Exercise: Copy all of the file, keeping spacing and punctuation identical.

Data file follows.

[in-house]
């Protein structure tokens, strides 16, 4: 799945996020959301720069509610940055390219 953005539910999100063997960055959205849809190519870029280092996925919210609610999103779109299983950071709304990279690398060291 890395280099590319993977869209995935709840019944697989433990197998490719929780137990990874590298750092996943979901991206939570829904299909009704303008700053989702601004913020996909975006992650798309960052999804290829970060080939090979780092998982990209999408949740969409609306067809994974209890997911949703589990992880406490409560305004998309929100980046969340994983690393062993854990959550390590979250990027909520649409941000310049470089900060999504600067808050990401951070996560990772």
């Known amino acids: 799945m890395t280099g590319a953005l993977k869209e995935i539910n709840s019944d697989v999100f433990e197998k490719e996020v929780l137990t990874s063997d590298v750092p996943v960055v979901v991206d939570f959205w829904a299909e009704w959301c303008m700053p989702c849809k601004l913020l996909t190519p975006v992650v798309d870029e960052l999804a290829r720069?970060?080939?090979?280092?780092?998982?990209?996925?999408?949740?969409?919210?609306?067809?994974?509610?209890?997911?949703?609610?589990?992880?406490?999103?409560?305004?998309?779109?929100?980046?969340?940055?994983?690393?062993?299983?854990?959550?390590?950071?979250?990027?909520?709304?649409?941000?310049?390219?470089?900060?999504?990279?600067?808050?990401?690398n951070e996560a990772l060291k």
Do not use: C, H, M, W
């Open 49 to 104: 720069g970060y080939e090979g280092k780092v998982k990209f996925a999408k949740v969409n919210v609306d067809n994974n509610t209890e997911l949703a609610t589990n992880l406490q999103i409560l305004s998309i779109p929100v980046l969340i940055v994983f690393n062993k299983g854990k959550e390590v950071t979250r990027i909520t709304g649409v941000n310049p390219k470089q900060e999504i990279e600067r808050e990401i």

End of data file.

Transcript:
[in-house]
């Protein structure tokens, strides 16, 4: 799945996020959301720069509610940055390219 953005539910999100063997960055959205849809190519870029280092996925919210609610999103779109299983950071709304990279690398060291 890395280099590319993977869209995935709840019944697989433990197998490719929780137990990874590298750092996943979901991206939570829904299909009704303008700053989702601004913020996909975006992650798309960052999804290829970060080939090979780092998982990209999408949740969409609306067809994974209890997911949703589990992880406490409560305004998309929100980046969340994983690393062993854990959550390590979250990027909520649409941000310049470089900060999504600067808050990401951070996560990772």
């Known amino acids: 799945m890395t280099g590319a953005l993977k869209e995935i539910n709840s019944d697989v999100f433990e197998k490719e996020v929780l137990t990874s063997d590298v750092p996943v960055v979901v991206d939570f959205w829904a299909e009704w959301c303008m700053p989702c849809k601004l913020l996909t190519p975006v992650v798309d870029e960052l999804a290829r720069?970060?080939?090979?280092?780092?998982?990209?996925?999408?949740?969409?919210?609306?067809?994974?509610?209890?997911?949703?609610?589990?992880?406490?999103?409560?305004?998309?779109?929100?980046?969340?940055?994983?690393?062993?299983?854990?959550?390590?950071?979250?990027?909520?709304?649409?941000?310049?390219?470089?900060?999504?990279?600067?808050?990401?690398n951070e996560a990772l060291k």
Do not use: C, H, M, W
């Open 49 to 104: 720069g970060y080939e090979g280092k780092v998982k990209f996925a999408k949740v969409n919210v609306d067809n994974n509610t209890e997911l949703a609610t589990n992880l406490q999103i409560l305004s998309i779109p929100v980046l969340i940055v994983f690393n062993k299983g854990k959550e390590v950071t979250r990027i909520t709304g649409v941000n310049p390219k470089q900060e999504i990279e600067r808050e990401i």